When United Methodist communicators around the globe voted on the most significant events in the denomination in 2020, COVID-19 and the grief it has caused was named the top story of the year.
A pandemic of biblical proportions was the top story of The United Methodist Church in 2020.
Voters selected the church’s response to the coronavirus as the top story over the role of LGBTQ people in the church, which topped voting in 2018 and 2019 and has brought the denomination to the brink of schism.
The LGBTQ issue fell to third place, behind the church’s response to Black Americans’ deaths at the hands of police and the ensuing protests.
According to the Centers for Disease Control and Prevention, more than 350,000 Americans have died because of the coronavirus, and more than 20 million in the U.S. have been infected. Most churches halted in-person services in favor of online worship. Some congregations met outdoors until cold weather made it too uncomfortable.
Like United Methodists all over the world, members of Hamilton Park United Methodist Church in Dallas are going through a long-term grieving process because of COVID-19, said the Rev. Sheron C. Patterson, senior pastor.
“Grieving being in a prison of our homes, grieving isolation, grieving that COVID has taken away from us the basics of community and fellowship and being in church together,” said Patterson in a Nov. 30 UM News story.
Thirty-seven voters from the UM News staff and communicators in the U.S., Africa, Europe, and the Philippines selected the top stories. Five points were awarded to their first-place selection, with four points going to the No. 2 story, three to the third choice, and so on.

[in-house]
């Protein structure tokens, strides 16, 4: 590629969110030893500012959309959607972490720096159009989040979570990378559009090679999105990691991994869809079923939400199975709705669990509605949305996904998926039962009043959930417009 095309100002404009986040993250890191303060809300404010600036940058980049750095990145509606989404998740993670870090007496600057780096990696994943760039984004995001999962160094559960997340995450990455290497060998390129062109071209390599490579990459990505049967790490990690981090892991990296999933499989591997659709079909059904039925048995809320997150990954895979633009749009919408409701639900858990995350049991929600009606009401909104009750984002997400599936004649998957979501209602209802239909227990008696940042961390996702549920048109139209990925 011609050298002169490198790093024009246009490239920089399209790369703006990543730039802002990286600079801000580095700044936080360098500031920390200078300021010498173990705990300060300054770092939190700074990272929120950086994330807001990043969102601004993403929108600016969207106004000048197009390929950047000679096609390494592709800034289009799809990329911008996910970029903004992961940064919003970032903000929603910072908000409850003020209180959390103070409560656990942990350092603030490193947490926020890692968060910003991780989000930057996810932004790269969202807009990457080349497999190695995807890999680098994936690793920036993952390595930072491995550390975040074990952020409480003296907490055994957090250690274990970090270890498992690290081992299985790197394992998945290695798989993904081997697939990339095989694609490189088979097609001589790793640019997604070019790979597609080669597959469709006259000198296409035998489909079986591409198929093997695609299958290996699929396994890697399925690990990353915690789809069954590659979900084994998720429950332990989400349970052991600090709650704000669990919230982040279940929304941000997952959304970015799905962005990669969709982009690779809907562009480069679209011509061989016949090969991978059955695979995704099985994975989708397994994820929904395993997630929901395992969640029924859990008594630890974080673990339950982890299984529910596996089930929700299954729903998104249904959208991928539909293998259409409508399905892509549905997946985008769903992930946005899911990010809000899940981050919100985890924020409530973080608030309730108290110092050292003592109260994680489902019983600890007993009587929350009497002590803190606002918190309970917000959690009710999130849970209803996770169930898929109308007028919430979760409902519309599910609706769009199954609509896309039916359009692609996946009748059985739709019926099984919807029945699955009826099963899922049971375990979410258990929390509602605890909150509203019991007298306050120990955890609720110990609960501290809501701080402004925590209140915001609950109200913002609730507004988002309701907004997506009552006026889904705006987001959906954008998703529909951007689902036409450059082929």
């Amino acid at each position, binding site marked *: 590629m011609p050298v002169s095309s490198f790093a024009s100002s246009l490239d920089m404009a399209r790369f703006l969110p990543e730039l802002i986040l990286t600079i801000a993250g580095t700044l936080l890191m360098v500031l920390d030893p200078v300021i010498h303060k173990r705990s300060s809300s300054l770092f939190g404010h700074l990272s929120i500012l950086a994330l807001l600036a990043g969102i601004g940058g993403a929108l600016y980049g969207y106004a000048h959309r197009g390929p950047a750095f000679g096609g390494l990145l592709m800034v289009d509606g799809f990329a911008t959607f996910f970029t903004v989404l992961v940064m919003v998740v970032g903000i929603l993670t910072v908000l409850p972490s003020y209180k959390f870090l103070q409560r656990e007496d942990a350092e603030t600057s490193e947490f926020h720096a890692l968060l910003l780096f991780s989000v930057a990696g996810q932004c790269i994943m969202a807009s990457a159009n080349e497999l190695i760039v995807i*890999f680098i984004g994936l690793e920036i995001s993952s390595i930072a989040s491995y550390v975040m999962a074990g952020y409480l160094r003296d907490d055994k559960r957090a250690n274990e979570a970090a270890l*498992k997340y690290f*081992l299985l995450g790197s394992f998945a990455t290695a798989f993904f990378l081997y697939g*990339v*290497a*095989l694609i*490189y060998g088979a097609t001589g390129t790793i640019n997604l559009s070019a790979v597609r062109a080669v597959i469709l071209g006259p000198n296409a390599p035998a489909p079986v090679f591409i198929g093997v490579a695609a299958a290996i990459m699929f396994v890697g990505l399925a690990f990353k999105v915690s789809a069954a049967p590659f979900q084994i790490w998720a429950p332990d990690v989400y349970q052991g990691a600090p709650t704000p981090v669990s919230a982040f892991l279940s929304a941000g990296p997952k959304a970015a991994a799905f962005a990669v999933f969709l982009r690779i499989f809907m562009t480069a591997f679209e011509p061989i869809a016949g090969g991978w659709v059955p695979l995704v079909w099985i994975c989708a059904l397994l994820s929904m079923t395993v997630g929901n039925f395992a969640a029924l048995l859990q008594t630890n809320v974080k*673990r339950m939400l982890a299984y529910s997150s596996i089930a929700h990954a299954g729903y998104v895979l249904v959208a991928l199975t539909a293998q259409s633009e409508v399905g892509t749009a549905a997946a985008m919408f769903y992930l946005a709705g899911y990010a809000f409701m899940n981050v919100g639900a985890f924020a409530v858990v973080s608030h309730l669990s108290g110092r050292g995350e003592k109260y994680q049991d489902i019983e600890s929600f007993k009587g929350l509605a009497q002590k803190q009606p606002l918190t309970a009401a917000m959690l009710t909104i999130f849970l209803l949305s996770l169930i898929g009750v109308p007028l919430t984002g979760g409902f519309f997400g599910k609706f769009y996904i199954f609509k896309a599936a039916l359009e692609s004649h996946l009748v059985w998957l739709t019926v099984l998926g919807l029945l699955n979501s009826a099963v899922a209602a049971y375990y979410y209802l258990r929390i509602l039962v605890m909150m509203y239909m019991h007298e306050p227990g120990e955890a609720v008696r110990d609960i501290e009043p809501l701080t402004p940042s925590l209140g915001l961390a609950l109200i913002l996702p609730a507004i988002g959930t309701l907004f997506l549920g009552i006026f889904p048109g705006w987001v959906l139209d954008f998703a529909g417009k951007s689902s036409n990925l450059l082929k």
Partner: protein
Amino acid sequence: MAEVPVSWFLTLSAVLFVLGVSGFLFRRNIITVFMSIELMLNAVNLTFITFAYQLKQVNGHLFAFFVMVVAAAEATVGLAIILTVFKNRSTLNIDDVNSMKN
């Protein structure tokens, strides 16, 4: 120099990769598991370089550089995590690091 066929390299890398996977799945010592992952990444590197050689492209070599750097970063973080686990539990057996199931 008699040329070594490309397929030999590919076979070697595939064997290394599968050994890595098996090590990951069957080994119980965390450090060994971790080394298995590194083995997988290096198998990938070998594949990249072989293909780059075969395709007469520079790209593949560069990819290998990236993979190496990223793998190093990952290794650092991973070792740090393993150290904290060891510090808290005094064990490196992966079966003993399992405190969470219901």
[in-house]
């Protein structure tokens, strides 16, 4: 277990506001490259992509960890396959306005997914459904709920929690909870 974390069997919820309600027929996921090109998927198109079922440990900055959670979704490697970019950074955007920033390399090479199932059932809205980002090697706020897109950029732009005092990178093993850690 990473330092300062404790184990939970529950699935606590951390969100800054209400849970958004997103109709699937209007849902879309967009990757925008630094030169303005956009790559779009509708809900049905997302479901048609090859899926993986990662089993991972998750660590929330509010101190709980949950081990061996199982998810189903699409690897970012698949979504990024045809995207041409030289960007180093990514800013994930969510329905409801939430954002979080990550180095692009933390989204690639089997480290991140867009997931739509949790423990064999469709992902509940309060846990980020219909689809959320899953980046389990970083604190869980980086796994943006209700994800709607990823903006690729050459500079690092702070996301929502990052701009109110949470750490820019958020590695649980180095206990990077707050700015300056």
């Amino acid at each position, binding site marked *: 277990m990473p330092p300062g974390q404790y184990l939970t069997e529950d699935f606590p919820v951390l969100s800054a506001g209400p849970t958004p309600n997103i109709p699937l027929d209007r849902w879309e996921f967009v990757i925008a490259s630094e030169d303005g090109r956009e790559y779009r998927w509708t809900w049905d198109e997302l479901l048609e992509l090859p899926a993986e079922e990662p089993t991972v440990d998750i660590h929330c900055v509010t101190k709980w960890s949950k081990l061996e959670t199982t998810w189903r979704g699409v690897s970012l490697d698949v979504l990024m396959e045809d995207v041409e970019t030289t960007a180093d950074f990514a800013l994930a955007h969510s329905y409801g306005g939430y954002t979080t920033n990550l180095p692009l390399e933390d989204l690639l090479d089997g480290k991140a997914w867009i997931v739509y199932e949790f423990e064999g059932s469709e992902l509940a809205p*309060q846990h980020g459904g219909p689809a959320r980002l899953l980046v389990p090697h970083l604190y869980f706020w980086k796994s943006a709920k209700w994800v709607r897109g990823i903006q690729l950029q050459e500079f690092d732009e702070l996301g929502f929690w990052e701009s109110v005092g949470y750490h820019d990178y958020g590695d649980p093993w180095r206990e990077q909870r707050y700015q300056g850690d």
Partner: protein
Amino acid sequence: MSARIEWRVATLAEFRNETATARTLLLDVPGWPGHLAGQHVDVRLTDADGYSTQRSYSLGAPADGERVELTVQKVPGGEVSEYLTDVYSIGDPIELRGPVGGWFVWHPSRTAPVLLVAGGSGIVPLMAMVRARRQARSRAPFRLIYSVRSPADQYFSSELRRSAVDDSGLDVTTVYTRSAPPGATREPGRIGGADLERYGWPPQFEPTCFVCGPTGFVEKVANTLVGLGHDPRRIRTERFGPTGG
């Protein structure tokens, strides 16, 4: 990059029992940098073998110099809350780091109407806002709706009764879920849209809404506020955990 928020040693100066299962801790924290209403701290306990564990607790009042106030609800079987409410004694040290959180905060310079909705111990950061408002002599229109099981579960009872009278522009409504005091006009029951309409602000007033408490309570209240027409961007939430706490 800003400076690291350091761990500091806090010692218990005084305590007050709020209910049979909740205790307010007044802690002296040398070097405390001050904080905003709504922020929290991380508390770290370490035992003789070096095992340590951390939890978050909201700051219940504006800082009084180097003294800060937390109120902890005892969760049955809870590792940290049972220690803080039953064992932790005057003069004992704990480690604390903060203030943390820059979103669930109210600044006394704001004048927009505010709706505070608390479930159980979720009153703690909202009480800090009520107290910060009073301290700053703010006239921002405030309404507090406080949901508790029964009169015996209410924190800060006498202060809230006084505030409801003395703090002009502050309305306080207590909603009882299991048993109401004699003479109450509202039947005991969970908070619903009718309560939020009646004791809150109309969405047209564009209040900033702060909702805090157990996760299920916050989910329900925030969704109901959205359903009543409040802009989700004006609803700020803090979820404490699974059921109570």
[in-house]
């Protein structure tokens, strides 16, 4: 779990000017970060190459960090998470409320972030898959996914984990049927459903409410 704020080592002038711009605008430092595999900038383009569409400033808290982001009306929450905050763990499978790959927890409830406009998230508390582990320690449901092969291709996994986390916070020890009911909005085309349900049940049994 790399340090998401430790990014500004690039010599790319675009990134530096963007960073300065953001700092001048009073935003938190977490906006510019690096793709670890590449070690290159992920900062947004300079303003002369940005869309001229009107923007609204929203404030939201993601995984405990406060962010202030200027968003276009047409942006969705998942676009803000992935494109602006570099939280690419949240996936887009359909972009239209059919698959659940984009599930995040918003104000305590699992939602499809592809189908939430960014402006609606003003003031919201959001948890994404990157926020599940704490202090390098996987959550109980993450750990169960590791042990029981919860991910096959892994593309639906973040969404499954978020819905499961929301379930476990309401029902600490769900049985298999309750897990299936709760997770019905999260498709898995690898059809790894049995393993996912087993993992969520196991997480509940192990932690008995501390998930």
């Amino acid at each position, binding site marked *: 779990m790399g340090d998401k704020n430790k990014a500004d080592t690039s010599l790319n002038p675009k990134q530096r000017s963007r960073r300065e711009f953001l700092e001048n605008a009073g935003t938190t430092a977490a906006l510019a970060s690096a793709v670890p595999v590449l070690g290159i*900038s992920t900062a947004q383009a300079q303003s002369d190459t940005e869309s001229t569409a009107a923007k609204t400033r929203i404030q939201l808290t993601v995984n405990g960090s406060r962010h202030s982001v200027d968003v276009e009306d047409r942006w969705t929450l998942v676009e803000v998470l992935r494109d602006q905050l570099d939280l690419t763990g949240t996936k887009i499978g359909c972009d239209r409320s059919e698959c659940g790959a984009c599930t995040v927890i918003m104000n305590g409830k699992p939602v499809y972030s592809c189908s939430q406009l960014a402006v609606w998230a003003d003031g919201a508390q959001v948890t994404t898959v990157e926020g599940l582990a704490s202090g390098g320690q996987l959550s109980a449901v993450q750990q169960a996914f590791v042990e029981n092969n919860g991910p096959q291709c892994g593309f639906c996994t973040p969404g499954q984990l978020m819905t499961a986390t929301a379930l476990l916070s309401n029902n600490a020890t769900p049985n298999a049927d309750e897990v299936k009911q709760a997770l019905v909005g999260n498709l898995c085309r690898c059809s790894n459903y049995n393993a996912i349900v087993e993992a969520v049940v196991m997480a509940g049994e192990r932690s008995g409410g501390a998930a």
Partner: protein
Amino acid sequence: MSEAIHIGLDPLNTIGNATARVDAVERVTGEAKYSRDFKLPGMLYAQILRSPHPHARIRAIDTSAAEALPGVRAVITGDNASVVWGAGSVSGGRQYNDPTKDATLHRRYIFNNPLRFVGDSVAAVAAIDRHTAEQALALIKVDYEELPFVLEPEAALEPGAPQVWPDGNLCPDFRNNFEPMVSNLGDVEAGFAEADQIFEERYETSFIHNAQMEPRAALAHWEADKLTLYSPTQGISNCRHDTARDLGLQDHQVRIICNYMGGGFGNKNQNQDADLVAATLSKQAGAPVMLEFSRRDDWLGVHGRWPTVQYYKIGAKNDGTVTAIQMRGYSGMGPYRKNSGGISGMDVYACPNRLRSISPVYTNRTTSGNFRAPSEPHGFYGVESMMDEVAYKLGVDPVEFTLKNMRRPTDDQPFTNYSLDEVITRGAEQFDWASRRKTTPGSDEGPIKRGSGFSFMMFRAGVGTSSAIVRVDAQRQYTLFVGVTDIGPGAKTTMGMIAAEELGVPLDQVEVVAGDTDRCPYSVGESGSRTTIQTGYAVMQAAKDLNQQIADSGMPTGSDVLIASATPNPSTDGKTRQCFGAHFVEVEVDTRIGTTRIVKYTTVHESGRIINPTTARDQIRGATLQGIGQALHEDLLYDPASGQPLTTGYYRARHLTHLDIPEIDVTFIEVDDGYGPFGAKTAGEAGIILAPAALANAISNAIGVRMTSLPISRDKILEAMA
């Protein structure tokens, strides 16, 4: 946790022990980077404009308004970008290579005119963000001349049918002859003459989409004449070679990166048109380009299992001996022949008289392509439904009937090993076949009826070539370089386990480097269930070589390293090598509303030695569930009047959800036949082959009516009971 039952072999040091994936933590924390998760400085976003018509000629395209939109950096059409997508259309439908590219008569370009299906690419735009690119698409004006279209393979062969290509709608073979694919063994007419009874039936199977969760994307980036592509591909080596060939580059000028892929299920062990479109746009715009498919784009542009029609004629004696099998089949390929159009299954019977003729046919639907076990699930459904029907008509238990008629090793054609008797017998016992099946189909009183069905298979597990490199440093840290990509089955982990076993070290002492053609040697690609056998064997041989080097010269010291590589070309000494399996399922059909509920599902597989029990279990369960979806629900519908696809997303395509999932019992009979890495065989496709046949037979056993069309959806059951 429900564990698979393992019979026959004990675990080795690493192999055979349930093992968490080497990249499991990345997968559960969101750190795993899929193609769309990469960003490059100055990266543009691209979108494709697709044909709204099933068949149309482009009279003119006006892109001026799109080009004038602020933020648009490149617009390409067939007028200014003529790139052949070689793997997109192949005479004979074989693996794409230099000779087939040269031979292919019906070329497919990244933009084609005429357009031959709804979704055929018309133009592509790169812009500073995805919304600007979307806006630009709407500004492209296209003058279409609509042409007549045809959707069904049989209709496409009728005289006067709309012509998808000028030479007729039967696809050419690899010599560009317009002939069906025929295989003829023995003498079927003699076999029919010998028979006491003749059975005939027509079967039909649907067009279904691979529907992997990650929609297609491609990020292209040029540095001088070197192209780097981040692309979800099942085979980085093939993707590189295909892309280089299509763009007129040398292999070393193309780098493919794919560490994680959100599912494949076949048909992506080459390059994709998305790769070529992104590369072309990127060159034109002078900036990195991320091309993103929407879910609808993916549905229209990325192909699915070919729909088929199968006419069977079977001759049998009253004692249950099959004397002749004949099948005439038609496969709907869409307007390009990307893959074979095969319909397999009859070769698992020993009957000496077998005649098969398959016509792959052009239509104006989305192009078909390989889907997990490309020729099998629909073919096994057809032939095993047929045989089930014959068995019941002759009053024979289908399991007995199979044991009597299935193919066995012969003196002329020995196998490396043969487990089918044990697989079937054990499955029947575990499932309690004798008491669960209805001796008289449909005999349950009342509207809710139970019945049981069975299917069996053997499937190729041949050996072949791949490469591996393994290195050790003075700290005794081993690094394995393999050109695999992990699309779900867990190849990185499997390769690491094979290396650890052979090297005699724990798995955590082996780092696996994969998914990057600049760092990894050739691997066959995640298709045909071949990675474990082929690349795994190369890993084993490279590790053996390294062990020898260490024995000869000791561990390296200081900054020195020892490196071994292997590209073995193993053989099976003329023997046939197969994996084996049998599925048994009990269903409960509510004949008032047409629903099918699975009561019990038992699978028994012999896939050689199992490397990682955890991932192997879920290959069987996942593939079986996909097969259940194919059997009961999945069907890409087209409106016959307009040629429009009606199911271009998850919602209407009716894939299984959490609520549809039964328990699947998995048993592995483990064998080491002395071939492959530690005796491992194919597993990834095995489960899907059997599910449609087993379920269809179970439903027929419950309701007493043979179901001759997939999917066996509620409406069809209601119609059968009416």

COVID-19 got 24 first-place votes and 153 points. Issues around racism didn’t get any first-place votes but took second place with 95 points. A proposal to end the denomination’s decades-long dispute around LGBTQ inclusion, the Protocol of Reconciliation and Grace Through Separation, got three first-place votes and 66 points. The mediated agreement by a diverse group of bishops and advocacy group leaders would preserve The United Methodist Church while allowing traditionalist-minded congregations or progressive churches to leave and form other denominations.
Rounding out the top five were the 2020 General Conference’s postponement to 2021 in fourth place, and the financial toll the coronavirus and LGBTQ issues have taken on the church.
If approved at the next General Conference, the protocol would provide $25 million over four years to a traditionalist-minded denomination formed by churches that depart The United Methodist Church. Another $2 million would be provided for any other denominations formed by churches departing under the protocol.
The endorsement of progressive, centrist, and traditionalist groups gave the plan momentum, but then came the 2020 General Conference’s postponement. Late in 2020, African bishops called for renegotiating the protocol.